Jerome K. Jerome (on love and time)

My bride and I don’t think of ourselves as old. (Well, not old old.) I run around with athletic teens and 20-somethings, and that can make me feel a tad creaky and lardaceous by comparison, but still. We did celebrate (and celebrate) a significant anniversary last month, which compels us to accept that, while we can still find some giddy in our good coupling luck, we’re not exactly newlyweds. We felt like it at certain August moments, which for me was like dozens of non-fattening banana splits in one hand-delivered magic box.

Days back, during my ongoing organizing and an attempted material purge, I ran across the quote below from writer Jerome K. Jerome. I had long ago photocopied it (and its accompanying sentimental snapshot of an elderly couple) from somewhere onto coloured sheets of paper I used to use for something that we dinosaurs used to call “letter writing”. I have a whole stack of them. It makes me want to write letters to people! (Confession: I even have stamps.) With a little new-fashioned research, I easily found that Jerome’s comments on love and marriage – I hadn’t known the source – came from an early 20th-century play of his.

It’s the sort of play whose subtitle has a subtitle, whose dramatis personae includes “Mrs. Sharpe”, “Miss Kite”, “Mrs. Tompkins”, and The Major (“Troublesome creatures, these girls! Troublesome creatures!”). There is a mysterious Stranger, who quickly becomes everyone’s confidante. A young man is described as a “cheerful bounder” – now there’s a word we’ve lost, if we ever really had it in the Colonies – and another is said to speak with “gallant jauntiness”. (Jaunty! Don’t you think we should be, in general, more — and more frequently — jaunty?)

Enough preamble to the prologue:

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September FIRST. What’s It To You?

Top o’ the evenin’, friends. (All slip and slope from here.)

Here were the many bits of sparkle and significance of an apparently random Tuesday in the life of a meaning-masher (me), trying to understand where one slightly eccentric but on the whole rather typical guy (also me) was coming from.

(NOTE: I am aware of autumnal equinoxes and Officially Falls, but summer was over and I heard the school bells ring. September First is a Time of Change.)

Once a teacher, always one, and always for me has the first of September been a wistful but galvanizing passage. The anxiety dreams were, and are still, in full swing. (Can I still do this? Even if I don’t actually do it anymore? Luckily, performance worries are easily transferrable.) It was, once again, time to get ready.

September 1 marked Cycle 39, Phase IV, Action Plan 13(b) of my eternal Get Organized! campaign. Those shelves? Downstairs. Clear that desk. These books go here and there. (Some may even be released into the wild.) Several priorities are in the shop for rearrangement. So much STUFF. And what do I do with cassette tapes of radio recordings and The Talking Heads? A coil-bound series of musty journals? My files from a teaching career that shows hopeful signs of being defunct? Major conundrums. Serious biz, no doubt, but I waded in and felt enlivened and resolute (with a hot ‘n’ sour side of rueful fatalism).

Speaking of fate and rue: 9-1 was mumblety-seven years and a few odd days past a coulda shoulda wouldabin wedding anniversary, would’ve been a quietly joyful reconnaissance of things past if the lights hadn’t gone out that dreadful year. Instead: “Yup. That happened. We started off so well, I thought.”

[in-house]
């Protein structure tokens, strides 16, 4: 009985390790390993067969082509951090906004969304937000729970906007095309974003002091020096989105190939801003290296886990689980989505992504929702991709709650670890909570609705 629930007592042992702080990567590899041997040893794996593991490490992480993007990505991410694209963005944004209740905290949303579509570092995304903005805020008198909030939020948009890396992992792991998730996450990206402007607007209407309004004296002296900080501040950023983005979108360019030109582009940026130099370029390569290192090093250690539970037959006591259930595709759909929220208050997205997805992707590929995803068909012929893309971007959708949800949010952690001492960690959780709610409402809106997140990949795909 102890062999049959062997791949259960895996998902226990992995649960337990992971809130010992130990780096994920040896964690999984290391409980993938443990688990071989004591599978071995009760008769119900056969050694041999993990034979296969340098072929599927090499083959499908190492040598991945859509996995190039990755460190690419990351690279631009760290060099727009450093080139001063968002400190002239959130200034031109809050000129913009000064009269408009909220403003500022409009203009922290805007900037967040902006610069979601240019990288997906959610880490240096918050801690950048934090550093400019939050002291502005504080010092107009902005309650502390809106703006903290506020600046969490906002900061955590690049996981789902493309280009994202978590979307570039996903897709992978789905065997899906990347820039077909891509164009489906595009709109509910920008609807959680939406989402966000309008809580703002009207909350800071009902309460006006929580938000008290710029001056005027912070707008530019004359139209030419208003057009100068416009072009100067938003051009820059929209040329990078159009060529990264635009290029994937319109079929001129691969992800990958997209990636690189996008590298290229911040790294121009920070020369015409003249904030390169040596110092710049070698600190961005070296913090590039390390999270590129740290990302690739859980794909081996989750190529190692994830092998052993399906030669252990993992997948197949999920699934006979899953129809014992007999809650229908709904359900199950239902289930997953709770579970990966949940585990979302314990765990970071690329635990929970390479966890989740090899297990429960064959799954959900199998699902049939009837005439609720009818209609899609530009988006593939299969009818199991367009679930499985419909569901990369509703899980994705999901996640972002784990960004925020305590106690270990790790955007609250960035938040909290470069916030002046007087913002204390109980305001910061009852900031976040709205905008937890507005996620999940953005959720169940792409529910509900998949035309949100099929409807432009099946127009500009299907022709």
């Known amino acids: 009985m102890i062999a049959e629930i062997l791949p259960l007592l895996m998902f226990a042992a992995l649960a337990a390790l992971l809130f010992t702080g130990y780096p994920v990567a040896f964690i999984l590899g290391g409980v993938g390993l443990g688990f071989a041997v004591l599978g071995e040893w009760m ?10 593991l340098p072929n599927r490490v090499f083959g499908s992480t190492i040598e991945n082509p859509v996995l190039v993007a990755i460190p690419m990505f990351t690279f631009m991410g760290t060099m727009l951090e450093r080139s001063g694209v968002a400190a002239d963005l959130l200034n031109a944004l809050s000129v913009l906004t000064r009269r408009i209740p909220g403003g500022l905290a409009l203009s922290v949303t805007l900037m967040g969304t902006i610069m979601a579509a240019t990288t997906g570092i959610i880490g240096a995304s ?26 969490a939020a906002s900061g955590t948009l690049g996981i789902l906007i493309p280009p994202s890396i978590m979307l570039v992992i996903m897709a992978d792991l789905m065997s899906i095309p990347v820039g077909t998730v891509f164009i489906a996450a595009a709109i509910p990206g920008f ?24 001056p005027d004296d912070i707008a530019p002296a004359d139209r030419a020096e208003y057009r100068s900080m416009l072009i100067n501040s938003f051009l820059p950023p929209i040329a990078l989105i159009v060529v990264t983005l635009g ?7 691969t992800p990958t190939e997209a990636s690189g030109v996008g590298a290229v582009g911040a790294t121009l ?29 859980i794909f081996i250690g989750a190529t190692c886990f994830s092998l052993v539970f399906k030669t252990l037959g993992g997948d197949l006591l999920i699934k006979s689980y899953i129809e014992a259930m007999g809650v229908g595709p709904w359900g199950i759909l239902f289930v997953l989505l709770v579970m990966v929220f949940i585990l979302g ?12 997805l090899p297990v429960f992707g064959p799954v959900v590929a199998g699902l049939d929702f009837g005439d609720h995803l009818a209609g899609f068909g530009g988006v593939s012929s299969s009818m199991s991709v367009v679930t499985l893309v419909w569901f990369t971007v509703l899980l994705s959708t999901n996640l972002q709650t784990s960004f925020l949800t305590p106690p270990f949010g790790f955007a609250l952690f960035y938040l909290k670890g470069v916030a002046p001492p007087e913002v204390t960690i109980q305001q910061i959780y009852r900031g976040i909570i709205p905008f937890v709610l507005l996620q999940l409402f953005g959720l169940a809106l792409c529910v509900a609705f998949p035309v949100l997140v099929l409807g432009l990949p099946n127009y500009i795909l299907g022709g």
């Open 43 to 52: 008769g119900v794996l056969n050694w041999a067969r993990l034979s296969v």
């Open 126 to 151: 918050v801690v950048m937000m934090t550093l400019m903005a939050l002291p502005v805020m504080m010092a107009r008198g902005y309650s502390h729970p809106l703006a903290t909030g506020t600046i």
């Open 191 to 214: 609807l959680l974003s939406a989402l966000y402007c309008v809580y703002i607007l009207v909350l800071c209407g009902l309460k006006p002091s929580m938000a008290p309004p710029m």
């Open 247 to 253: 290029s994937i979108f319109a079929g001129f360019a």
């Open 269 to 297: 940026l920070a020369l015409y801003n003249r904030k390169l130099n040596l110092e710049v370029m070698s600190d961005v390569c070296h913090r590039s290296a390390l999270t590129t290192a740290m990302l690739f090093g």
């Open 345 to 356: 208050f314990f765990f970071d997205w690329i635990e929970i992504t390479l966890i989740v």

On the other hand,

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Edith Hamilton (Weston) Main

The picture I remember best is an old black-and-white that I only saw a couple of times. Her hair is long and loose, her smile carelessly radiant, and her eyes draw one’s gaze again and again. She’s young, and she’s gorgeous, and it surprised a teenaged me to see the middle-aged, slightly doughy housewife – the one who had so lovingly welcomed, guided, and cared for me – looking so confident and free. I had known her as a quiet, self-effacing baker of cherry cheesecake and dispenser of tea, but here she looked like a screen star. This was my future mother-in-law, likely at about the age of her daughter when I married her. She was Edith, “Mother Main” (and not just to me), but I mostly called her Mum. I still do, though it’s been years since I’ve seen her.

The other photo comes 50 years later, I guess. It is more formal, a rather conventional studio shot that can’t hide her silvered, warm-eyed beauty. She is again slender, and her quiet dignity is clear. By this time, she was my ex-mother-in-law, marital fortunes being what they are in these times and in this heart. I was grateful when that same daughter, re-married, as I am, emailed from afar to let me know that Edith was preparing for take-off. She had turned 89 weeks before, and her life had become a smaller and smaller thing. She hung on for another week, and last Wednesday flight confirmation arrived. Friday’s funeral was not a tragic one.

Except that for me, it partly was.

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Chesterton (again, on monogamy)

“[Syme had a] sense of a new comradeship and comfort. Through all this ordeal, his root horror had been isolation, and there are no words to express the abyss between isolation and having one ally. It may be conceded to the mathematicians that four is twice two. But two is not twice one; two is two thousand times one. That is why, in spite of a hundred disadvantages, the world will always return to monogamy.”

G.K. Chesterton, from the novel The Man Who Was Thursday.
A somewhat backhanded tribute to marriage, but a sincere and unromanticized one.